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1 Answer

I was going to post this as a comment, but it got too long. I'm not exactly sure how to answer the question as written, but the following might be enlightening:

A crucial piece of information for your Ricci flow is that you start with bounded curvature, i.e. $$ \sup_M |Riem|_{g(0)} < \infty. $$ Then, according to Shi (Deforming the metric on complete Riemannian manifold, JDG 1989) there exists a Ricci flow $g(t)$ with bounded curvature, $g(t)$, defined for $t \in [0,T)$ where for $t \in [0,T)$ $$ \sup_M |Riem|_{g(t)} < \infty. $$ Shi makes no claims about uniqueness.

Later, it was proved by Chen-Zhu (Uniqueness of the Ricci Flow on Complete Noncompact Manifolds) that if $g_1(t), g_2(t)$ are solutions to Ricci flow for $t \in [0,T)$ and they both have bounded curvature in $[0,T)$, and $g_1(0) = g_2(0)$, then $g_1(t) = g_2(t)$

In particular, a corollary of Chen-Zhu's result is:

If $\phi\in Isom(M,g(0))$ is an isometry of $(M,g(0))$ where $g(0)$ has bounded curvature, then the Shi solution to Ricci flow with initial data $g(0)$ still has $\phi \in Isom(M,g(t))$.

A "fancy" way of saying this is $Isom(M,g(0)) \subseteq Isom(M,g(t))$.

To prove this, if $\phi \in Isom(M,g(0))$, let $g(t)$ be the Shi solution to Ricci flow starting at $g(0)$. Clearly $\phi^*g(t)$ is still a solution to Ricci flow, but $\phi^*g(0) = g(0)$ by assumption that it is an isometry of $g(0)$. So $\phi^*g(t)$ is a solution to Ricci flow (obviously having bounded curvature) with initial data $g(0)$, so it must be $g(t)$!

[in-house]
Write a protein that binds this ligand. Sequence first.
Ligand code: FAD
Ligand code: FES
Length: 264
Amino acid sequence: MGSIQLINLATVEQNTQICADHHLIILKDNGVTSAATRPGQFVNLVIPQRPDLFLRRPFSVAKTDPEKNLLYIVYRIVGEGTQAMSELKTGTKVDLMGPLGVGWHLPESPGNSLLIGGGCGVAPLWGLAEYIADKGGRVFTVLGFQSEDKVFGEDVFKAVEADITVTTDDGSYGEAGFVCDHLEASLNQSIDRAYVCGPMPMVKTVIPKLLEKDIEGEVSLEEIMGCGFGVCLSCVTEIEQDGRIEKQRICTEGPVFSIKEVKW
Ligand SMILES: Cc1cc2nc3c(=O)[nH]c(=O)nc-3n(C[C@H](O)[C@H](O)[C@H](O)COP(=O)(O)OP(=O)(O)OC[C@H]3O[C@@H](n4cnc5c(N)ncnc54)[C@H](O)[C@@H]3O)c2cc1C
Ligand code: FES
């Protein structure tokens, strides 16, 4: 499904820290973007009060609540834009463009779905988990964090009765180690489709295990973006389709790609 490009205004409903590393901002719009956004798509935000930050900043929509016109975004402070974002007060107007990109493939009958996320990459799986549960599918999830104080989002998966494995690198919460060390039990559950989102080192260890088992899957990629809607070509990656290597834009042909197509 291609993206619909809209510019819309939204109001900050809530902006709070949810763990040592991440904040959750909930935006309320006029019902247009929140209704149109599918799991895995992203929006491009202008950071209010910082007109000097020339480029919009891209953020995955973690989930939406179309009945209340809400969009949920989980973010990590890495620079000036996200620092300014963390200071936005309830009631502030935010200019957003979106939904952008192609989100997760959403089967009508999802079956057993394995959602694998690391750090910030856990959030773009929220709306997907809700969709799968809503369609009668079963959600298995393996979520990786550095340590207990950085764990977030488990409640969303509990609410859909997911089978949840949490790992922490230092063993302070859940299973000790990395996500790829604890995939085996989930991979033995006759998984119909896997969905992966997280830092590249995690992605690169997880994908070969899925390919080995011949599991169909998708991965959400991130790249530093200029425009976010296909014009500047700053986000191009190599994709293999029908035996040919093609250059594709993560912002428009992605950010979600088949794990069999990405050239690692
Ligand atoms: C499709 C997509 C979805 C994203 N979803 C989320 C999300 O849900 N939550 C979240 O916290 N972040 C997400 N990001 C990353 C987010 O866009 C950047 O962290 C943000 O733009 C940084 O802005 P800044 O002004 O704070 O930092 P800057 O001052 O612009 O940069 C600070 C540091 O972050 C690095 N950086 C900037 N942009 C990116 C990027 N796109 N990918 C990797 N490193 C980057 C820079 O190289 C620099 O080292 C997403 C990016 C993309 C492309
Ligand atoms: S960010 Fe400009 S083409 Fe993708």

I assume that you were originally referring to Kotschwar (Backwards Uniqueness of Ricci Flow). This result says the opposite of Chen-Zhu, and is not really what you want here. In particular, it says that if $g_1(t), g_2(t)$ are both solutions to Ricci flow on $t\in[0,T]$ with uniformly bounded curvature ($T<\infty$), if $g_1(T) = g_2(T)$ then $g_1(t) = g_2(t)$ for all $t \in [0,T]$. In particular, this complements the Chen-Zhu corollary:

Under the assumptions of uniformly bounded curvature, $Isom(M,g(t)) \subseteq Isom(M,g(0))$.

Finally, I'll remark on the assumption of bounded curvature. In Chen (Strong Uniqueness of the Ricci flow, JDG 2009), it is shown that one does not always need to assume bounded curvature in dimension $3$. Instead, Chen shows:

If $(M,g(0))$ is complete, has bounded, nonnegative sectional curvature, $0 \leq Rm \leq K$, then any two $g_1(t),g_2(t)$ Ricci flows (which are complete for all $t\in[0,T)$) starting from $g(0)$ must agree.


None of this exactly answers your question as it stands, but I don't think that being simply connected makes things any easier (but I could be wrong). On the other hand, as long as your initial manifold has bounded curvature, by Shi-Chen-Zhu, there is a unique (short time) solution to Ricci flow with bounded curvature.

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@Otis Thank you for the patience to summarize these results. So given a manifold of bounded curvature I could use any Ricci flow solution $(\tilde{M},\tilde{g}(t))$ with $\tilde{g}(0)=\tilde{g}$ on the universal cover $(\tilde{M},\tilde{g})$ to obtain a solution on my original manifold $(M,g)$. (The question, how this is done, still remains.) –  malik Nov 23 '12 at 9:35
    
Sorry, I don't understand "the question, how this is done still remains." Could you rephrase your exact question? –  Otis Chodosh Nov 23 '12 at 17:30
    
Also just to be precise, you could use any ricci flow with bounded curvature although I do not see any point in passing to the universal cover. –  Otis Chodosh Nov 23 '12 at 17:32
    
I specified it in my post above (see "EDIT"). In short my question was, why $g_p(t)(X,Y) := \tilde{g}_{f^{-1}(p)}(t)(df^{-1}X,df^{-1}Y)$ is well defined for $t>0$. But this was answered by Robert, so I updated my post. –  malik Nov 23 '12 at 18:19
    
Oh, sorry I missed the update! –  Otis Chodosh Nov 23 '12 at 19:40